In August 2011, the Sacramento Business Journal reported that a survey had found that two-thirds of California voters “think the number of lawsuits filed against businesses or public entities in California has hurt the state’s economy.” More than seven out of 10 voters thought California’s liability laws make it harder for employers to succeed in the state, and 74 percent thought enacting lawsuit reform is an important part of improving the business climate. The survey of 600 California voters was performed for California Citizens Against Lawsuit Abuse, a “grassroots” organization that just happened to be primarily funded by cigarette maker Philip Morris.
California was recently ranked second on the annual list of “Judicial Hellholes,” as determined with seemingly no methodology by the American Tort Reform Association (ATRA). Even though the Los Angeles Times reported in 2007 that California’s Medical Injury Compensation Reform Act, or MICRA, enacted in 1975 increasingly prevented families from getting their day in court, tort reform advocates continue to push for more and more caps that will further limit the options available to California resident.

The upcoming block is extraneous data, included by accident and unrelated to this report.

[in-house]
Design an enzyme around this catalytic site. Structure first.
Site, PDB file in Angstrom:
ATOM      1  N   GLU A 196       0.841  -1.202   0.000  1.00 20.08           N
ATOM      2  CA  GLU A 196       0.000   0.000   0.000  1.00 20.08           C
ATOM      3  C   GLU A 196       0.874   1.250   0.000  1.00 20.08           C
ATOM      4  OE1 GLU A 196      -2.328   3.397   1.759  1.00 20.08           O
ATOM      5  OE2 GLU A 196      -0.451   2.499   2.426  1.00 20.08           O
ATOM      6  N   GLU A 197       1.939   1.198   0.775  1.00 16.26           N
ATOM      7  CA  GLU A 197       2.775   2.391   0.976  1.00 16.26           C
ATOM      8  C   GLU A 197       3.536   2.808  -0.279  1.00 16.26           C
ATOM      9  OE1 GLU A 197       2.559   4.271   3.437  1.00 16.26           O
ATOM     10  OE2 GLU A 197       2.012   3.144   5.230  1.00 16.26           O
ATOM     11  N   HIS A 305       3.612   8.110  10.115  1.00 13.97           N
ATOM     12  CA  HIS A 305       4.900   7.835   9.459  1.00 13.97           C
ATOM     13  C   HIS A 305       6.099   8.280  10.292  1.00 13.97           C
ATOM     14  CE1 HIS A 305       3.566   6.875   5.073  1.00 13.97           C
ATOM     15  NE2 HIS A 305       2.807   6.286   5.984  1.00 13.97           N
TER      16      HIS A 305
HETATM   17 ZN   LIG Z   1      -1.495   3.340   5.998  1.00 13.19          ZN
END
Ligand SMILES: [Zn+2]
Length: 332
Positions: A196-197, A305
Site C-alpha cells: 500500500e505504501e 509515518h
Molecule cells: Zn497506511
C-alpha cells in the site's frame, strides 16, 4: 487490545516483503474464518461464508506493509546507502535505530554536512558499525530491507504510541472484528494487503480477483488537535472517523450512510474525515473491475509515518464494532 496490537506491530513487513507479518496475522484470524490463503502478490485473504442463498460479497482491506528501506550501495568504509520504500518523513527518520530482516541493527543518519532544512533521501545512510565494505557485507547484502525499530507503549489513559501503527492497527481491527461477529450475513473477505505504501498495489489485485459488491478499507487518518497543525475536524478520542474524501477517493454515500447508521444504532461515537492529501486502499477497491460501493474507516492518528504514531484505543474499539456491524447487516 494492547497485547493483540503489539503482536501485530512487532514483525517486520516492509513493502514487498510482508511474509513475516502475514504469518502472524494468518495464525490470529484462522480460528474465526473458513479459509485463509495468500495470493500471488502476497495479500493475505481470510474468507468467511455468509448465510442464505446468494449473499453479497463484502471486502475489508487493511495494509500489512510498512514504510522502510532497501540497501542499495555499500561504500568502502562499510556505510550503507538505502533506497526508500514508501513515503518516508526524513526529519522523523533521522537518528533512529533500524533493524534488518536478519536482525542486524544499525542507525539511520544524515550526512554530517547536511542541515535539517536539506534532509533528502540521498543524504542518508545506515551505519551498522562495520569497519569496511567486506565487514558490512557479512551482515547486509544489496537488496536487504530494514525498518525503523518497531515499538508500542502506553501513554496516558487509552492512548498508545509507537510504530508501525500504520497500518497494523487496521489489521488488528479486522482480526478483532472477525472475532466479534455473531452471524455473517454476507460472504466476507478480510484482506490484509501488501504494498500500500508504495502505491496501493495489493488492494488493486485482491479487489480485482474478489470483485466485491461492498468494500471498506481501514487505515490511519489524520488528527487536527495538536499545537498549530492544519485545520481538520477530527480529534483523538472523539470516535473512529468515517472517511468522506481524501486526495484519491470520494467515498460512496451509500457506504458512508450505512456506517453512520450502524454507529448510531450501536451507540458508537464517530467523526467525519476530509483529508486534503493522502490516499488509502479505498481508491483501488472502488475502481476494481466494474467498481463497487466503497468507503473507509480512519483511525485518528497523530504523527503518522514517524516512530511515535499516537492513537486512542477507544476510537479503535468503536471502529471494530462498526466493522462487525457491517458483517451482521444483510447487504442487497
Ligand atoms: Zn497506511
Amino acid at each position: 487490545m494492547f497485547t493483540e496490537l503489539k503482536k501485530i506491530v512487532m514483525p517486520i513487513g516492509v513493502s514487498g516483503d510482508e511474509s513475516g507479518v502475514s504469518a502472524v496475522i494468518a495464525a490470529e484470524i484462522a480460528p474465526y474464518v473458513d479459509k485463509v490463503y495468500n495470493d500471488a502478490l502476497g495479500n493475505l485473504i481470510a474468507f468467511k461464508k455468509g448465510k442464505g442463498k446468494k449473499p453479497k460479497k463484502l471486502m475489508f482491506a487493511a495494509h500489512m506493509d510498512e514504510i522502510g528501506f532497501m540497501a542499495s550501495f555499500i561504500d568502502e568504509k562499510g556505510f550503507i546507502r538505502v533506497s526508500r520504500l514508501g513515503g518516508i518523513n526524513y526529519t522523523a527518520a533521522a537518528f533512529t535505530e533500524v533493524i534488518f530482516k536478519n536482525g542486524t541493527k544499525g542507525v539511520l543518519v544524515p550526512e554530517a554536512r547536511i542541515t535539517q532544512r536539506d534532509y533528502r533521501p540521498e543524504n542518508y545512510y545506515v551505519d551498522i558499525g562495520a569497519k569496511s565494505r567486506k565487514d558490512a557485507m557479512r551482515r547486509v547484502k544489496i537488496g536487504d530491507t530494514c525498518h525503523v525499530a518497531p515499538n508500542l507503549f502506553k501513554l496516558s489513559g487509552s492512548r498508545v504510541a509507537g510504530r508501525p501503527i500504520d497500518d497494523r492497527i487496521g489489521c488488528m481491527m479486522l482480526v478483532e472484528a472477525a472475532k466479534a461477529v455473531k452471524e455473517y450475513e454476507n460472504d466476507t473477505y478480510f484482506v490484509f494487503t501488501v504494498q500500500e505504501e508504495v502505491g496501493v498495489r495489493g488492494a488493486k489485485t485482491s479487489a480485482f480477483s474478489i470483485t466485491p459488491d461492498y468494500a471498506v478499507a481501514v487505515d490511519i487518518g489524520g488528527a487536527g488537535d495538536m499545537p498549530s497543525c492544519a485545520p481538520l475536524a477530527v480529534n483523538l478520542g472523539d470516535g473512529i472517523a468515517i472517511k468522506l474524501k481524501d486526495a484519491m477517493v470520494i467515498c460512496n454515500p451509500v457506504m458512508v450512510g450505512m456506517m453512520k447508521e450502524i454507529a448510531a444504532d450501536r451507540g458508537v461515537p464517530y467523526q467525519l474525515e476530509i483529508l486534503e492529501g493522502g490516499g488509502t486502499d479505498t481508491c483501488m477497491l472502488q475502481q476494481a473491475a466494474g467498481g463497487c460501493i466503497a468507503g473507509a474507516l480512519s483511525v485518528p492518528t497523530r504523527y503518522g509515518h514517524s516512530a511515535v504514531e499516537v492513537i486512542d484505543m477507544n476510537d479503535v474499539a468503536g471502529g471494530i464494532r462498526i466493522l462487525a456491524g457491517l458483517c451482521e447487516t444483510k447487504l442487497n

Lists of “Judicial Hellholes” is one method, but another involves repeating anecdotal evidence such as the story of Stella Liebeck, the woman who infamously sued McDonald’s after a cup of coffee she spilled on herself caused third-degree burns and required skin grafts. As our colleagues at the Indiana personal injury firm Doehrman Buba recently noted in a blog post about “the myth of tort reform,” filmmaker Susan Saladoff recently appeared on Stephen Colbert’s Comedy Central program and effectively debunked many of the myths about so-called “frivolous lawsuits”:
This issue extends far beyond just employment law. As our colleagues noted, “every person has the 7th amendment right to a trial by jury, and this is exactly what tort reform legislation is intruding upon.”
Have you seen the “Hot Coffee” movie? What effect did it have on your opinion about tort reform and supposed lawsuit abuse?
Law Offices of Kesluk, Silverstein & Jacob – Los Angeles employment lawyers